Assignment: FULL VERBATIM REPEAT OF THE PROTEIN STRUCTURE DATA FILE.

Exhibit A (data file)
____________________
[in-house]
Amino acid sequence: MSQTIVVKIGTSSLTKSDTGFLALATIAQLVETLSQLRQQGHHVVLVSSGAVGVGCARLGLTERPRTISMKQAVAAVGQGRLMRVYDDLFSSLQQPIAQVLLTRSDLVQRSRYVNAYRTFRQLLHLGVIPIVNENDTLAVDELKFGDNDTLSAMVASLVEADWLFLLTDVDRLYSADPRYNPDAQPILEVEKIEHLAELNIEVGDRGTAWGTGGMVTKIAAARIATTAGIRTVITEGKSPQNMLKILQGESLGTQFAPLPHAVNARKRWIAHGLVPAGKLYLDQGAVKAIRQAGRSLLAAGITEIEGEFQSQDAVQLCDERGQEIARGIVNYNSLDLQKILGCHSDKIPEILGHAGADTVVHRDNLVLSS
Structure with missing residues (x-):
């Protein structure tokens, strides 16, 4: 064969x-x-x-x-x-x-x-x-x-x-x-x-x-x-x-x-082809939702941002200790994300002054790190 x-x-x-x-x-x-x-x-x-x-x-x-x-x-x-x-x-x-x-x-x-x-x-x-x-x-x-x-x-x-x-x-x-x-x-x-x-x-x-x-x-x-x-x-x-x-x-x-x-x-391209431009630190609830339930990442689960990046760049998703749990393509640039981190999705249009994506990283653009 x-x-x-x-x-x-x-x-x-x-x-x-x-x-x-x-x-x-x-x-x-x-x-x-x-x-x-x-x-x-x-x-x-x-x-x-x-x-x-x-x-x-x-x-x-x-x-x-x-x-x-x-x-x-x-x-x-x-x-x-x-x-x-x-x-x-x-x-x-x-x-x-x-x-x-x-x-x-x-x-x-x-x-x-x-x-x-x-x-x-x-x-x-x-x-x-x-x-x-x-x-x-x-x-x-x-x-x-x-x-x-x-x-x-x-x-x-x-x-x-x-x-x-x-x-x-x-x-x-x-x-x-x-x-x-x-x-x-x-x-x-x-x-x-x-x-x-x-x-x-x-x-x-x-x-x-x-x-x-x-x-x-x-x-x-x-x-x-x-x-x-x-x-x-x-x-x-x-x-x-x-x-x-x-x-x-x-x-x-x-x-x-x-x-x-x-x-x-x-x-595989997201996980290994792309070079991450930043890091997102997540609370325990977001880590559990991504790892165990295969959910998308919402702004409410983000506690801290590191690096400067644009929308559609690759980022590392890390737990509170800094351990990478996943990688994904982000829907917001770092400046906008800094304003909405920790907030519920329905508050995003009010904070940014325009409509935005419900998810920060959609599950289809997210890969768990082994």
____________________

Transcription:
[in-house]
Amino acid sequence: MSQTIVVKIGTSSLTKSDTGFLALATIAQLVETLSQLRQQGHHVVLVSSGAVGVGCARLGLTERPRTISMKQAVAAVGQGRLMRVYDDLFSSLQQPIAQVLLTRSDLVQRSRYVNAYRTFRQLLHLGVIPIVNENDTLAVDELKFGDNDTLSAMVASLVEADWLFLLTDVDRLYSADPRYNPDAQPILEVEKIEHLAELNIEVGDRGTAWGTGGMVTKIAAARIATTAGIRTVITEGKSPQNMLKILQGESLGTQFAPLPHAVNARKRWIAHGLVPAGKLYLDQGAVKAIRQAGRSLLAAGITEIEGEFQSQDAVQLCDERGQEIARGIVNYNSLDLQKILGCHSDKIPEILGHAGADTVVHRDNLVLSS
Structure with missing residues (x-):
């Protein structure tokens, strides 16, 4: 064969x-x-x-x-x-x-x-x-x-x-x-x-x-x-x-x-082809939702941002200790994300002054790190 x-x-x-x-x-x-x-x-x-x-x-x-x-x-x-x-x-x-x-x-x-x-x-x-x-x-x-x-x-x-x-x-x-x-x-x-x-x-x-x-x-x-x-x-x-x-x-x-x-x-391209431009630190609830339930990442689960990046760049998703749990393509640039981190999705249009994506990283653009 x-x-x-x-x-x-x-x-x-x-x-x-x-x-x-x-x-x-x-x-x-x-x-x-x-x-x-x-x-x-x-x-x-x-x-x-x-x-x-x-x-x-x-x-x-x-x-x-x-x-x-x-x-x-x-x-x-x-x-x-x-x-x-x-x-x-x-x-x-x-x-x-x-x-x-x-x-x-x-x-x-x-x-x-x-x-x-x-x-x-x-x-x-x-x-x-x-x-x-x-x-x-x-x-x-x-x-x-x-x-x-x-x-x-x-x-x-x-x-x-x-x-x-x-x-x-x-x-x-x-x-x-x-x-x-x-x-x-x-x-x-x-x-x-x-x-x-x-x-x-x-x-x-x-x-x-x-x-x-x-x-x-x-x-x-x-x-x-x-x-x-x-x-x-x-x-x-x-x-x-x-x-x-x-x-x-x-x-x-x-x-x-x-x-x-x-x-x-x-x-595989997201996980290994792309070079991450930043890091997102997540609370325990977001880590559990991504790892165990295969959910998308919402702004409410983000506690801290590191690096400067644009929308559609690759980022590392890390737990509170800094351990990478996943990688994904982000829907917001770092400046906008800094304003909405920790907030519920329905508050995003009010904070940014325009409509935005419900998810920060959609599950289809997210890969768990082994």